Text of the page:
body began to laugh, and Dot, who had followed Aunt
Jane from the kitchen, cried out,-
You needn't laugh, 'cause Mary Jane says its real
I wasn't allowed to go to the tea-table, but in the
evening my minister-the one I had chosen-asked
to see me; and I told him all about Gertrude's house,
and how I had tried to make our parlor as cheerful
and pretty as hers was.
That night I had a dream. I thought I was in the
parlor, and the ministers had gone, and the lights were
out. All at once I noticed that the sunflowers and
the peacock feathers were alive and whispering to-
Said a gossipy old sunflower with her head on one
side :-
"Did you ever hear of anything so ridiculous as our
being here in this bcan-pot ? It is plain to be seen


that those city children can't tell a sunflower from a
Don't speak of those city children," answered a
peacock's feather, with a shiver. If you lived in the
house with them, you would know how they behave.
As for that Mary Jane, she is a trial to her aunt, I
can tell you. It's all very well to try and make one's
home beautiful; but with a bad heart and selfish na-
ture that is impossible."
"Ah yes, ah yes," murmured the sunflower. It
takes a deal of sunshine to make things beautiful.
I've lived in it all my life and I ought to know."
In the morning, when I told my dream to Aunt
Prue, she said it was the first one she had ever heard
with a moral to it; but Dot declares the sunflower
and peacock's feathers only repeated what my minis-
ter had said, when I told him about Gerty Whyte's
house, and how I had tried to make ours look just
like it.



WHEN Mary Jane Hunt left Tuckertown last sum-
mer, she invited me to come to the city and make her
a visit.
If I were sure Mrs. Hunt wanted you, 'Lizbeth,
I would like to have you go," said mother, "for it's
good for young folks to widen their horizon, now and
then, and you would enjoy seeing the sights."
I didn't care anything about my horizon, but I did
want most awfully to see the sights ; but, although I
teased and teased, mother wouldn't let me go.
There was a great church quarrel in Tuckertown
that year, but our folks weren't in it, The trouble
began in the choir, who couldn't agree about the tunes.
On some Sundays the organist wouldn't play, and on
others the singers wouldn't sing. Once, they all
stopped short in the middle of "Greenland's Icy
Mountains," and it was real exciting at church, for
you never knew what might happen before you came


out; but folks said it was disgraceful, and I suppose
it was. They complained of the minister because he
didn't put a stop to it; so, at last, he took sides with
the organist, and dismissed the choir, and declared
we would have congregational singing in the future.
'Most everybody thought that would be the end of the
trouble; but, mercy! it was hardly the beginning!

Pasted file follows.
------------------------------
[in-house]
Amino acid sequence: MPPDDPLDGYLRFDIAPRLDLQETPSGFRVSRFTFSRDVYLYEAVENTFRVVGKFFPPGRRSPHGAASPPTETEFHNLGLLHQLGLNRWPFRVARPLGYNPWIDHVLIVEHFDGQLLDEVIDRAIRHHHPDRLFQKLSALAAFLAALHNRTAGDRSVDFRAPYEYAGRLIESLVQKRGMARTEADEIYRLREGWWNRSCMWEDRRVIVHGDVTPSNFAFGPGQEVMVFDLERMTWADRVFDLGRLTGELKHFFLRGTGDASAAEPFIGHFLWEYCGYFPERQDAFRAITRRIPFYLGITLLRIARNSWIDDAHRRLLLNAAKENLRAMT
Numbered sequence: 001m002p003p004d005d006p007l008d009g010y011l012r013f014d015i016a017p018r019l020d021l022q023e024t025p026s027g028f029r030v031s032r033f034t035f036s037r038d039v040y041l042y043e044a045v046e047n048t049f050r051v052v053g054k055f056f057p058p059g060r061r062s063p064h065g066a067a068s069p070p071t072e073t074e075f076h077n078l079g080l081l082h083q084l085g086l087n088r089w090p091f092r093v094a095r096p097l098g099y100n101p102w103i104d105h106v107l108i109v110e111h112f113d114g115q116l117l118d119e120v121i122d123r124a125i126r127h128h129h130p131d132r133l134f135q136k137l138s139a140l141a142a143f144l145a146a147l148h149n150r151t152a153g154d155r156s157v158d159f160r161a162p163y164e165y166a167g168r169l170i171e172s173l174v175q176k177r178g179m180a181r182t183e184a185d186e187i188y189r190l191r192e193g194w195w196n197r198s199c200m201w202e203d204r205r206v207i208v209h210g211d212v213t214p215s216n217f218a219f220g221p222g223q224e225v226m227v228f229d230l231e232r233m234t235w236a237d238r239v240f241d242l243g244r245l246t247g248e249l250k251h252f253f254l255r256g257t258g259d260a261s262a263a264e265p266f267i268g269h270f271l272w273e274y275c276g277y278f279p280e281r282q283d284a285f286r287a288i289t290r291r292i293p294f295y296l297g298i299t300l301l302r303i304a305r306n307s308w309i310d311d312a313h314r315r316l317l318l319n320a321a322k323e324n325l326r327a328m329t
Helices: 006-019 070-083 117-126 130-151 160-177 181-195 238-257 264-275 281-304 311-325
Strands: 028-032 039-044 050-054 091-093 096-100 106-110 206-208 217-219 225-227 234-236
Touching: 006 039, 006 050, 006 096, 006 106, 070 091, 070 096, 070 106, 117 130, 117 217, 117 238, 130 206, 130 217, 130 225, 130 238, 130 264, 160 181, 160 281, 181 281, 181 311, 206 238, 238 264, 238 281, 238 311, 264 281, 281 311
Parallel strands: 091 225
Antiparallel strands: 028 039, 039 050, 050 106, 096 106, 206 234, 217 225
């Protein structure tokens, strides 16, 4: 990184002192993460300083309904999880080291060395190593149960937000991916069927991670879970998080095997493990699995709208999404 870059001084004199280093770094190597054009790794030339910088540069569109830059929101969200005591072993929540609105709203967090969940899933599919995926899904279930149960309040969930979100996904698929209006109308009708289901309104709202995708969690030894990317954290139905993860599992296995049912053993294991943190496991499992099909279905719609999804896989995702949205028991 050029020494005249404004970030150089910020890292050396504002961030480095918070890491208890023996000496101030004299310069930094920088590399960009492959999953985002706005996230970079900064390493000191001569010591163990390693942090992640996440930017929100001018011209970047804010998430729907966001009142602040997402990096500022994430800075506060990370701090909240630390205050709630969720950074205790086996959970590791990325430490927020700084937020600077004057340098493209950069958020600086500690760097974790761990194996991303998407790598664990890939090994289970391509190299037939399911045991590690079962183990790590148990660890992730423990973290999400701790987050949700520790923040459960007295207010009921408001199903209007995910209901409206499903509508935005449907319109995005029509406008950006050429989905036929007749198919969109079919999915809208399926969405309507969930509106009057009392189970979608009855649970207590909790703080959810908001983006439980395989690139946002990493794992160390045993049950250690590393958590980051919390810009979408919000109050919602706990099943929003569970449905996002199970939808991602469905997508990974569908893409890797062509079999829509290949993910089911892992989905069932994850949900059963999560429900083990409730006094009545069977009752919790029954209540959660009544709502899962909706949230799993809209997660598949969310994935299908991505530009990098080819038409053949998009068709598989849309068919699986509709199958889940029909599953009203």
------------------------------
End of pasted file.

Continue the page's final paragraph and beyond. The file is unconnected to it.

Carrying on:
Things grew worse and worse. To begin with, the
congregation wouldn't sing. You see, they had had
a choir so long, people were sort of afraid to let out
their voices ; and, besides, there was Elvira Tucker,
who had studied music in Boston, just ready to make
fun of them if they did. For she was one of the choir,
and they were all as mad as hornets.
In fact, the whole Tucker family were offended.
They said folks didn't appreciate Elvira, nor what she
had done, since she returned from Boston, to raise the
standard in Tuckertown. I don't know, I am sure,
what they meant by that, for I never saw Elvira raise
any standard ; but I do know that they were real mad
with the minister, and lots of people took their side
and called 'emselves "Tuckerites."
You see, the Tuckers stand very high in Tucker-
town, and other people try to be just as like them as
they can. They were first settlers, for one thing, and
have the most money, for another ; and they lay down


the law generally. The post-office and the station are
at their end of the village. They decide when the
sewing-societies shall meet, and the fairs take place,
and the strawberry festivals come off. If there is to
be a picnic, they decide when we shall go, and where we
shall go, and just who shall sit in each wagon. If any-
body is sick, Mrs. Tucker visits 'em just as regularly as
the doctor, and she brings grapes and jelly, and is very
kind, .though she always scolds the sick person for not
dieting, or for going without her rubbers, or something
of that sort. If mother had a hand in this story, not a
word of all this would go down. She says they are very
public-spirited people, and that they do a great deal
for Tuckertown. I suppose they do ; but I've heard
other people say that they domineer much more than
is agreeable.
The people on the minister's side were called "Anti-
Tuckerites"; but, as I said, our folks weren't in the
quarrel at all. The consequence of being on the fence
was, that I could not join in the fun on either side,
and I think it was real mean. Every now and then,